The Legal Analyst: A Toolkit for Thinking about the Law

By Ward Farnsworth | Go to book overview

2 The Idea of Efficiency

We have seen how the decisions that courts make can affect people’s incentives afterwards. Now we need to talk about what sorts of incentives we want people to have. Sometimes it’s just obvious: incentives not to take hostages presumably are a good thing, and the judge in the case of the finback whale we just considered was understandably worried about destroying a major industry (though whale lovers may find even this a hard case). But many cases lend themselves to a deeper analysis.

The law uses different rules to deal with attacks by dogs and by lions. A dog’s owner pays only if the dog was known to be a biter; if a lion bites someone, the owner pays every time regardless of the excellence of the animal’s reputation. (Some states now have stricter rules for dogs, but the rules just sketched were in place in every jurisdiction for a long time and still serve as a good basis for illustration.) Suppose you are sued by your neighbor over a dog bite and the trial judge screws up the instructions to the jurors: they are told that you are obliged to pay, regardless of whether the dog had a bad record, so long as the animal was yours. The jury brings in a verdict requiring you to pay $10,000 to cover the plaintiff’s medical expenses. You go to a court of appeals to complain about the mistaken jury instructions. Unfortunately there is a problem: you didn’t point out the error at the time it was made; you weren’t paying careful attention to it because you thought the legal rule was too obvious for the trial judge to misstate. Since the appellate court is the first place you have raised the issue, your adversary says it’s too late. What’s the best way to think about this?

You might be able to make a strong argument based on notions of fairness. You have, we may assume, been ordered to pay a bunch of money to the plaintiff that the law says you shouldn’t owe; no jury would have made such a decision if it had been instructed correctly. But on the other side there is a powerful argument about incentives—an ex ante point. If you are allowed to complain about the jury instructions now despite not complaining earlier, then in the future there might not be much incentive for others to object early, either. It may seem obvious that everyone is best off objecting promptly, so the incentives created by the courts aren’t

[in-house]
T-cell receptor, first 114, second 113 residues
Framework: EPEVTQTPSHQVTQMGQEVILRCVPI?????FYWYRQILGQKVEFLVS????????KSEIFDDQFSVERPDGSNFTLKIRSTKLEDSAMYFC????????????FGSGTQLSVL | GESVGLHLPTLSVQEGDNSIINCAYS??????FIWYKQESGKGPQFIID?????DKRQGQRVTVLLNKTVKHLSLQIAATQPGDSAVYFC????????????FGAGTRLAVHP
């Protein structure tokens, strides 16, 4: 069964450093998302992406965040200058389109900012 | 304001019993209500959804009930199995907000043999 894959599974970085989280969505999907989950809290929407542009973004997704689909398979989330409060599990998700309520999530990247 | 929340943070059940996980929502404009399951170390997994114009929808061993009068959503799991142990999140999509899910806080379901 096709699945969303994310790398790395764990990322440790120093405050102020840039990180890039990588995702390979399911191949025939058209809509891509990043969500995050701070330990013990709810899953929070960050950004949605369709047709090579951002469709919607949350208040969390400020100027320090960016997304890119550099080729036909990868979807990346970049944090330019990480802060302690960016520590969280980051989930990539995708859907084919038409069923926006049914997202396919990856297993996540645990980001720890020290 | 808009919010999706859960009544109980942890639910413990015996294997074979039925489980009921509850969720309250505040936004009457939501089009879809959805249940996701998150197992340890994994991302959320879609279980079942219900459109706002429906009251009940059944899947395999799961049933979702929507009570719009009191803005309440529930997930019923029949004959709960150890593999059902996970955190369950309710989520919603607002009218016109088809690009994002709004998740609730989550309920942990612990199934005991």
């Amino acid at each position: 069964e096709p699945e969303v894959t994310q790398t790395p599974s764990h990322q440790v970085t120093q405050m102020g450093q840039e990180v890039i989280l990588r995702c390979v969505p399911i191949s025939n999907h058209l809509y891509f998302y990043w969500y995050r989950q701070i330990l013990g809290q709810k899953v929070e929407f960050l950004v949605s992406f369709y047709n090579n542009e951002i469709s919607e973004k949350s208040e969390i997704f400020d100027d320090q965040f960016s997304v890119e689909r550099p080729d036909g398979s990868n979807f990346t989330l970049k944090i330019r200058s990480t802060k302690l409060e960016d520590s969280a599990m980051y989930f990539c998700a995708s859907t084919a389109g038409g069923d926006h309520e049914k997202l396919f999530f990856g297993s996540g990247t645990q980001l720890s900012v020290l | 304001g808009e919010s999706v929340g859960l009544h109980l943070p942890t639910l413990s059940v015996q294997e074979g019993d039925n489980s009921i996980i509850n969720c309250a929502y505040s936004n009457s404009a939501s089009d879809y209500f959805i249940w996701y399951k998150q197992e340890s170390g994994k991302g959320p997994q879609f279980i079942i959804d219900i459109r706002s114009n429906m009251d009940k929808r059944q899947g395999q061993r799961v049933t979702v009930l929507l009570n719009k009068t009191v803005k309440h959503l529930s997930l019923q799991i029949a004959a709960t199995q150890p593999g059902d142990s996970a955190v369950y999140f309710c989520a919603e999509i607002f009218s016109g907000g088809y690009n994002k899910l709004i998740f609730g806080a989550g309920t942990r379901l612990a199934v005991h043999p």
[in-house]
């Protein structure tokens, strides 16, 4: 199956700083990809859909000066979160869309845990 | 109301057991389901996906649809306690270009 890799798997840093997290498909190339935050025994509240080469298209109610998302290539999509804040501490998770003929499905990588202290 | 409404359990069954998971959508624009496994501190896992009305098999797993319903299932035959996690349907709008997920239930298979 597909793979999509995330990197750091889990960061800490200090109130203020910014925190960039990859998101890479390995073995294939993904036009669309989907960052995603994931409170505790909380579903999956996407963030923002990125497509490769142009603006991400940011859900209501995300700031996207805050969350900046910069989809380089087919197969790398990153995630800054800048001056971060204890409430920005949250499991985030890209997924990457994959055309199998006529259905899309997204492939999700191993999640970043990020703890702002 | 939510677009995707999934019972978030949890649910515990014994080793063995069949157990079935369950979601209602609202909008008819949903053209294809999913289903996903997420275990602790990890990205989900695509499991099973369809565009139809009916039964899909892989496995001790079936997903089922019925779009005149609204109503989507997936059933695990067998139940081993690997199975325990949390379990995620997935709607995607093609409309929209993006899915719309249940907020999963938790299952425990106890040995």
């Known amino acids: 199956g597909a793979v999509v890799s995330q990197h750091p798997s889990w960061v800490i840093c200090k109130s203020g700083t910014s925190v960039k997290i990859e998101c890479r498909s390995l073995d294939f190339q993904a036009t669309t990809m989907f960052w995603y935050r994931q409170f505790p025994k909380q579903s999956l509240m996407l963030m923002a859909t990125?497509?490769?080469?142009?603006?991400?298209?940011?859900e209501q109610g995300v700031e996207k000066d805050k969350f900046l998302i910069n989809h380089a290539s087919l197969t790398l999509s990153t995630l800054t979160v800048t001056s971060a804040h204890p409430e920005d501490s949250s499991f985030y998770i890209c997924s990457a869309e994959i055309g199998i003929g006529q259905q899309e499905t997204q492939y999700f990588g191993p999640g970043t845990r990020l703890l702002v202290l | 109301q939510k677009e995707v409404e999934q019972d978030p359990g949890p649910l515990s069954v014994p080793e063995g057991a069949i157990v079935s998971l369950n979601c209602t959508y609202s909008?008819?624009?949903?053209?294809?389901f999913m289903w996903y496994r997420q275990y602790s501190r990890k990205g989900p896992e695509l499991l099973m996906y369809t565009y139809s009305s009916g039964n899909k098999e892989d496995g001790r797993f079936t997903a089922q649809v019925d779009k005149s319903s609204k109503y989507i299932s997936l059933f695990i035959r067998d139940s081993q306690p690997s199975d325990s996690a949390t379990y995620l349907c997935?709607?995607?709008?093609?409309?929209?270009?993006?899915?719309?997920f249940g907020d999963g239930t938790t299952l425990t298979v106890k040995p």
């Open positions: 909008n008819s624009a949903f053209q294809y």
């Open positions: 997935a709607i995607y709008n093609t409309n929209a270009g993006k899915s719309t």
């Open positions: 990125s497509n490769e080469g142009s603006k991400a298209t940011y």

-13-

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The Legal Analyst: A Toolkit for Thinking about the Law
Table of contents

Table of contents

  • Title Page iii
  • Contents v
  • Preface vii
  • Acknowledgments xi
  • Part I - Incentives 1
  • 1 - Ex Ante and Ex Post 3
  • 2 - The Idea of Efficiency 13
  • 3 - Thinking at the Margin 24
  • 4 - The Single Owner 37
  • 5 - The Least Cost Avoider 47
  • 6 - Administrative Cost 57
  • 7 - Rents 66
  • 8 - The Coase Theorem 75
  • Part II - Trust, Cooperation, and Other Problems for Multiple Players 85
  • 9 - Agency with Eric Posner 87
  • 10 - The Prisoner's Dilemma 100
  • 11 - Public Goods 109
  • 12 - The Stag Hunt 117
  • 13 - Chicken 126
  • 14 - Cascades 136
  • 15 - Voting Paradoxes 144
  • 16 - Suppressed Markets with Saul Levmore 152
  • Part III - Jurisprudence 161
  • 17 - Rules and Standards 163
  • 18 - Slippery Slopes with Eugene Volokh 172
  • 19 - Acoustic Separation 182
  • 20 - Property Rules and Liability Rules 188
  • 21 - Baselines 198
  • Part IV - Psychology 207
  • 22 - Willingness to Pay and Willingness to Accept- The Endowment Effect and Kindred Ideas 209
  • 23 - Hindsight Bias 218
  • 24 - Framing Effects 224
  • 25 - Anchoring 230
  • 26 - Self-Serving Bias, with a Note on Attribution Error 237
  • Part V - Problems of Proof 247
  • 27 - Acoustic Separation 249
  • 28 - Standards of Proof 257
  • 29 - The Product Rule 273
  • 30 - The Base Rate 281
  • 31 - Value and Markets 294
  • Notes 305
  • Author Index 329
  • Subject Index 335
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